Danita handpicked her 50 students from those unable to attend public school. They lived closest to her--most literally a stone's throw away.

She started her own school, where the children are also taught about Jesus. "It's not enough to just learn about the Lord in Sunday school when you live in these conditions. They need daily instruction if it is going to make a difference."

Suffering Children

Life is hard for the people of Haiti, but even more so for the children--especially the sick ones.

"One of my little boys has always been sickly. His name is Gee, and he is 4 years old. His mother had died. Gee had no one but his little sister.

"Almost from the first day he was here, I started taking him to the doctor. But medical care here is really terrible, and he kept getting even sicker. Finally, I was so frightened for him that I got a permit to take him to Santo Domingo, a torturous five-hour bus drive.

"Since he didn't have a passport, the legal red tape and delays dragged on. Finally they admitted him and found he had [tuberculosis] and was HIV-positive."

The doctor was very direct with Danita: "Just leave him here to die. It's not your baby. Why put yourself through this?"

Horrified at the thought of leaving this poor, sick child alone to die, Danita settled in for a few days at what was known as the Dominican's finest children's hospital.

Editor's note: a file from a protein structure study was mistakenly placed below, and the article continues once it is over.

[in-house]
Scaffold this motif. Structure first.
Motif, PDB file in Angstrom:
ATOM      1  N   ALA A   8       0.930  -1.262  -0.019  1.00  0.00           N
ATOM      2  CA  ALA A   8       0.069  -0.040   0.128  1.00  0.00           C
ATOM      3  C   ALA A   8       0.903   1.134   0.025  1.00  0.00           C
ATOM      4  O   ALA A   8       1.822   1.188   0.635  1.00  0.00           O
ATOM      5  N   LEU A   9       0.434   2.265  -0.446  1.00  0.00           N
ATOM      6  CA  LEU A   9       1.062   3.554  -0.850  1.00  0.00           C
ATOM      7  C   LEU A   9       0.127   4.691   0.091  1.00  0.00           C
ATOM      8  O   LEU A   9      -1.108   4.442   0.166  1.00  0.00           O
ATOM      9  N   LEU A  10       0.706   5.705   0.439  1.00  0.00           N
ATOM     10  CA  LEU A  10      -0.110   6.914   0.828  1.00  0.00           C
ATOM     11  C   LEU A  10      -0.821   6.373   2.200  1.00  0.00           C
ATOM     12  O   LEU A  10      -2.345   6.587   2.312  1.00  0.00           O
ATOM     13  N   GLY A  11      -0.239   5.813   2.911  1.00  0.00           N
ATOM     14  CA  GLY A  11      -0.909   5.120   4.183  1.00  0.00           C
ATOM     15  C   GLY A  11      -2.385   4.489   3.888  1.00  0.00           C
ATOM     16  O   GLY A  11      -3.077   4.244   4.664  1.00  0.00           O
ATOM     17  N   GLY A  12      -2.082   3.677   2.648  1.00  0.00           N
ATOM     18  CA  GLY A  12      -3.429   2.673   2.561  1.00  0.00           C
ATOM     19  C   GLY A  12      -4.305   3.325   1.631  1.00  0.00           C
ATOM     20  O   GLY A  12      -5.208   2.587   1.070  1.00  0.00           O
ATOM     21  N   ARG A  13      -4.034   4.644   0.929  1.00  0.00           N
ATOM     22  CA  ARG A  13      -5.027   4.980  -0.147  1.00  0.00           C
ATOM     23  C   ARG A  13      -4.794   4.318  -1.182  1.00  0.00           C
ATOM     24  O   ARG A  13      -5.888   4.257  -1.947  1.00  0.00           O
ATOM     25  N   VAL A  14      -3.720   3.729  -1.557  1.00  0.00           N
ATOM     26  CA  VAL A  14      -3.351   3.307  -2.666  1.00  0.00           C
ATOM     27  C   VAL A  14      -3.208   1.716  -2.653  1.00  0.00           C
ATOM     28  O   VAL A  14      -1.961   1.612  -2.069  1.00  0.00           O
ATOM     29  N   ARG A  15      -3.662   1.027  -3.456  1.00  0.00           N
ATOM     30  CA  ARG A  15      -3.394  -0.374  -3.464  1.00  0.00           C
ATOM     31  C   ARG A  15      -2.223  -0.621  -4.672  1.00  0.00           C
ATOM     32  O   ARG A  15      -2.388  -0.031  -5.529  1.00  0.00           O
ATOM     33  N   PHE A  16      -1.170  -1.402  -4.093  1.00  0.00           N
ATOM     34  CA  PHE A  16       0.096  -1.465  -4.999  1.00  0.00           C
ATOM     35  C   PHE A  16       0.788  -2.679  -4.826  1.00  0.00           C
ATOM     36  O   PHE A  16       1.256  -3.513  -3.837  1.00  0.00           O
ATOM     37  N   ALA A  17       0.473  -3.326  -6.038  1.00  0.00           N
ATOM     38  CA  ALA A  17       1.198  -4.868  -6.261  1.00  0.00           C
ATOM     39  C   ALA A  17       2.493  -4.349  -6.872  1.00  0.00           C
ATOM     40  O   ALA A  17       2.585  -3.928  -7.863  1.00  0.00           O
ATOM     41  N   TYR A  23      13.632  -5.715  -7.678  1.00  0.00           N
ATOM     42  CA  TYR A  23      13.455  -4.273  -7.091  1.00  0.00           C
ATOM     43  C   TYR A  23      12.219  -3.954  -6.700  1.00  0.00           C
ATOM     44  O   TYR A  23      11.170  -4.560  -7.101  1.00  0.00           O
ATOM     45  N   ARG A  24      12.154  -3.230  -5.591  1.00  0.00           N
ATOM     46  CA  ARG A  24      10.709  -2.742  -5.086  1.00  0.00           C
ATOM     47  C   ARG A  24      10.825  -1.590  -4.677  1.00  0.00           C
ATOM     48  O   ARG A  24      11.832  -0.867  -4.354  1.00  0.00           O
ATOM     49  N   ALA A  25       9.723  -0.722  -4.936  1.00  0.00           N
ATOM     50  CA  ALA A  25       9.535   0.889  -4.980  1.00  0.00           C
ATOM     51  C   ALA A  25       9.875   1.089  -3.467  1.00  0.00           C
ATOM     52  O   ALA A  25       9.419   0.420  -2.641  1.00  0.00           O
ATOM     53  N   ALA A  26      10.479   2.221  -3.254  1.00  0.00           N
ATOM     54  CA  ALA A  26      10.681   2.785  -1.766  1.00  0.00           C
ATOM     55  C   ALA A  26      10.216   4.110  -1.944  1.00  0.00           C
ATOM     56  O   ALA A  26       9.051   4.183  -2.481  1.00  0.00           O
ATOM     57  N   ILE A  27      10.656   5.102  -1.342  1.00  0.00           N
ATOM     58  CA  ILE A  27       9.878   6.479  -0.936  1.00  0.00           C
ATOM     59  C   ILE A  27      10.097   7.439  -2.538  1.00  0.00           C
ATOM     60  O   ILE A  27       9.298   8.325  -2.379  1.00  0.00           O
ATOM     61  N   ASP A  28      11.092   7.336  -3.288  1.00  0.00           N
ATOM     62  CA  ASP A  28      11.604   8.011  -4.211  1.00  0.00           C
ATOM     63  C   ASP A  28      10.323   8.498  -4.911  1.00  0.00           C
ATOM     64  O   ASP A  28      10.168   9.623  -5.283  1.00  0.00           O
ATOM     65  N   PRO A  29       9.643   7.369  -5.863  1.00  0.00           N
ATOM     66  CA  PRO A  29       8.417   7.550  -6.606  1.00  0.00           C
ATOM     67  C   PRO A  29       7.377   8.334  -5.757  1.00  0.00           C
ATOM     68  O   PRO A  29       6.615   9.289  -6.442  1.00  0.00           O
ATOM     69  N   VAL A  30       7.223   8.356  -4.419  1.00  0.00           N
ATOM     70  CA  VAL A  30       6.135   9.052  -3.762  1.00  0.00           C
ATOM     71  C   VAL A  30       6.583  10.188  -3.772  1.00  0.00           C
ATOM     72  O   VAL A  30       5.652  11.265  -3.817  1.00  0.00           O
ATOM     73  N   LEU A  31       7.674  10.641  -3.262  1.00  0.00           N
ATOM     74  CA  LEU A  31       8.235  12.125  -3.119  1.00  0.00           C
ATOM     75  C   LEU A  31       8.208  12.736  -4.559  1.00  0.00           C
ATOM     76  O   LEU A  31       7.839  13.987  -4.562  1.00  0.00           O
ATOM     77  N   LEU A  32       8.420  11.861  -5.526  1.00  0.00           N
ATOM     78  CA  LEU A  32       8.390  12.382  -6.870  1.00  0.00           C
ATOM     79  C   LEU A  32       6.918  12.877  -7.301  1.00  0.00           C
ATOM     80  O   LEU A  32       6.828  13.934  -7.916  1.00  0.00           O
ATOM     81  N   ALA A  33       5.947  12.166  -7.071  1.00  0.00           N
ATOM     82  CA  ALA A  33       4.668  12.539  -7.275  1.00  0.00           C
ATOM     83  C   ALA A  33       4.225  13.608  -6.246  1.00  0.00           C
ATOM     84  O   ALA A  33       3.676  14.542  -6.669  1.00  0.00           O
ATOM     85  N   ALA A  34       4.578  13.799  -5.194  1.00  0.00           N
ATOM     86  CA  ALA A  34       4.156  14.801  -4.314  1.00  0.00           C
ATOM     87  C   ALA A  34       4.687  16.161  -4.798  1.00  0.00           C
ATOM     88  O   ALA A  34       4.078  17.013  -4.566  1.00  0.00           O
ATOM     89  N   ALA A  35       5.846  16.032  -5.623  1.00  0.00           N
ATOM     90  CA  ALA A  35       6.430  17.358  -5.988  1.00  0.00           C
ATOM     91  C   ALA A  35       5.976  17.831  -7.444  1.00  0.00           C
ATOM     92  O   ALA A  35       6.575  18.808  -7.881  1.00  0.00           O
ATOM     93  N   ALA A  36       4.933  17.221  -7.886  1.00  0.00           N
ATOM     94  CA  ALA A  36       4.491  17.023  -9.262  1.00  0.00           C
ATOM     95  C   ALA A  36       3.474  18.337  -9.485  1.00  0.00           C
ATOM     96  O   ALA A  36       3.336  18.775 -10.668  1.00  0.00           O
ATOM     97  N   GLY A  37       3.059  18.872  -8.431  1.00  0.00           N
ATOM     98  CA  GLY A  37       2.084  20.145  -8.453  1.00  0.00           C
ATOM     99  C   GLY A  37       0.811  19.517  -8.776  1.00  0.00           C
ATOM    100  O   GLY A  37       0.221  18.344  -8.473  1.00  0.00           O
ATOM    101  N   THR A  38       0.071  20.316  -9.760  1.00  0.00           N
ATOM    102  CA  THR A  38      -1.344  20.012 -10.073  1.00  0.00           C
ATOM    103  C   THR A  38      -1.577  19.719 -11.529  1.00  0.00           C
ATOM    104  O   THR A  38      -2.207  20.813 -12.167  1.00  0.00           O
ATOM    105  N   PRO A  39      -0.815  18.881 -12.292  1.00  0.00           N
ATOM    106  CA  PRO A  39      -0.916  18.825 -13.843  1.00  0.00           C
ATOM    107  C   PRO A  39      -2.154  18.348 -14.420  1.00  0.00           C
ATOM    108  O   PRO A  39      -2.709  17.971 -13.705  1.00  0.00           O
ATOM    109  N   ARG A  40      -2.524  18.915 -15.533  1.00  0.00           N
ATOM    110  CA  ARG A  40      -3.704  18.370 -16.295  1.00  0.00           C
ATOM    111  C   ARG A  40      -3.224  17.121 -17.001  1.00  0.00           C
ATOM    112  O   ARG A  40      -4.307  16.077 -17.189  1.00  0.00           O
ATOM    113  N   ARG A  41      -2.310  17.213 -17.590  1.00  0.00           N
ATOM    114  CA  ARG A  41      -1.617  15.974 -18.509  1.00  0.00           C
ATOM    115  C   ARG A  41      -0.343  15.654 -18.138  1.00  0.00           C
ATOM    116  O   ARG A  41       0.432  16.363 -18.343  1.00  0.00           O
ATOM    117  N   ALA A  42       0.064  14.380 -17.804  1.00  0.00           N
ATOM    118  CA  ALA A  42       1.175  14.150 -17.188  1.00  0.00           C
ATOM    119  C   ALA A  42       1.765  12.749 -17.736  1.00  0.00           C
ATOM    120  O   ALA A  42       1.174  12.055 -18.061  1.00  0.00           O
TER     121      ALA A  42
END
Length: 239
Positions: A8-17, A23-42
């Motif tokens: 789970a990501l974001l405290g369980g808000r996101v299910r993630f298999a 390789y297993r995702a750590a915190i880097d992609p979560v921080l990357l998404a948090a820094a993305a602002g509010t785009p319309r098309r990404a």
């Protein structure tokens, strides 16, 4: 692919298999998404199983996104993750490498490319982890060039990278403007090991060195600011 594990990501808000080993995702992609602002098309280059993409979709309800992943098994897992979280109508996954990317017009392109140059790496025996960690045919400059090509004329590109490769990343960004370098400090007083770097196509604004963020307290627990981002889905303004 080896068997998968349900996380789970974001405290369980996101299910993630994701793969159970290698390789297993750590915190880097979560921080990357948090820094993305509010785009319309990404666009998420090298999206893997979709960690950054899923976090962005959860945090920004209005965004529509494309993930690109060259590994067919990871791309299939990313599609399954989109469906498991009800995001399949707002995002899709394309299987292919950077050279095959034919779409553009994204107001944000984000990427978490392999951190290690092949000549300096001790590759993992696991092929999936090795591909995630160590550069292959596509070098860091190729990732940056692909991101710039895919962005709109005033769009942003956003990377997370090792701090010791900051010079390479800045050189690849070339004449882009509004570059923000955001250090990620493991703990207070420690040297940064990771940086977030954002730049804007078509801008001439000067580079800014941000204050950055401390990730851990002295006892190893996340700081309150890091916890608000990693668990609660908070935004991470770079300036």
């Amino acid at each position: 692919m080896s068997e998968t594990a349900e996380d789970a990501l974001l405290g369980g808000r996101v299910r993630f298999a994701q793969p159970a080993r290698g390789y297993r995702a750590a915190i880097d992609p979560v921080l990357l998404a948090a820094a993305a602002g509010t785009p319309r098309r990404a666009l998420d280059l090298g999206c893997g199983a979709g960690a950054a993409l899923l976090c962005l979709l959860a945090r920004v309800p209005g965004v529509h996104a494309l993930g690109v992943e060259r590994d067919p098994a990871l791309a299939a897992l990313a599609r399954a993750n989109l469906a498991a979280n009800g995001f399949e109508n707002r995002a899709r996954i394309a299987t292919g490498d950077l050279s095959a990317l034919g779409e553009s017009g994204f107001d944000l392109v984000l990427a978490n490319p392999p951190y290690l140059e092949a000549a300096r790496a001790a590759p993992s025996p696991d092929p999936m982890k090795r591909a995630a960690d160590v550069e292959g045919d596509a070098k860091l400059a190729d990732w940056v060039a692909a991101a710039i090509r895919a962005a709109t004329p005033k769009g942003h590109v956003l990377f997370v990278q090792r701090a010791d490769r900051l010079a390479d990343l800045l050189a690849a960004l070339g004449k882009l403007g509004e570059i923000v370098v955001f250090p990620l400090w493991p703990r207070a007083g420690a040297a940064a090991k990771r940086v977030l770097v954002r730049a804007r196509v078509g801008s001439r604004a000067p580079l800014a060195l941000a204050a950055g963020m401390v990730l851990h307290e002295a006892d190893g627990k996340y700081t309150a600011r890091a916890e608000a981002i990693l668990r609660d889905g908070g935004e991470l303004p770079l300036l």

"They took us to a ward, a huge room filled with 14 children. Most of them had been abandoned by their parents," she says. "I guess when you have four children, and one is sick, and the other three will starve if you stay with the dying one, you feel you have no choice. My heart broke for these children.

"Worse--the nurses there are so overworked and understaffed that they must depend on the parents to care for their children. But if the child is abandoned, then they look to the other mothers to care for the sickest children as well as their own."

But most of the children had no one. "I remember the doctor walking in one night and standing over a frail little girl. 'Has anyone fed this child today?' she asked. The other mothers and I looked at one another. One had given her juice, but that was all. The child had not been fed for only God knows how long.

"The nurses came in and asked if one of us would help hold a 5-year-old girl named Erica so that she could put an IV in her. This little girl was HIV-positive, and there was no one to care for her.

"I held her close as the nurse tried over and over to find a vein. The baby would scream with all her might and fight to get away from the pain. I lost count after the nurse stuck that baby for the ninth time. Her cries filled the room as the woman callously poked and prodded with the sharp needle. Finally I couldn't do it any more. The nurse gave up with a shrug and turned without a backward glance, 'Let her die in peace.'"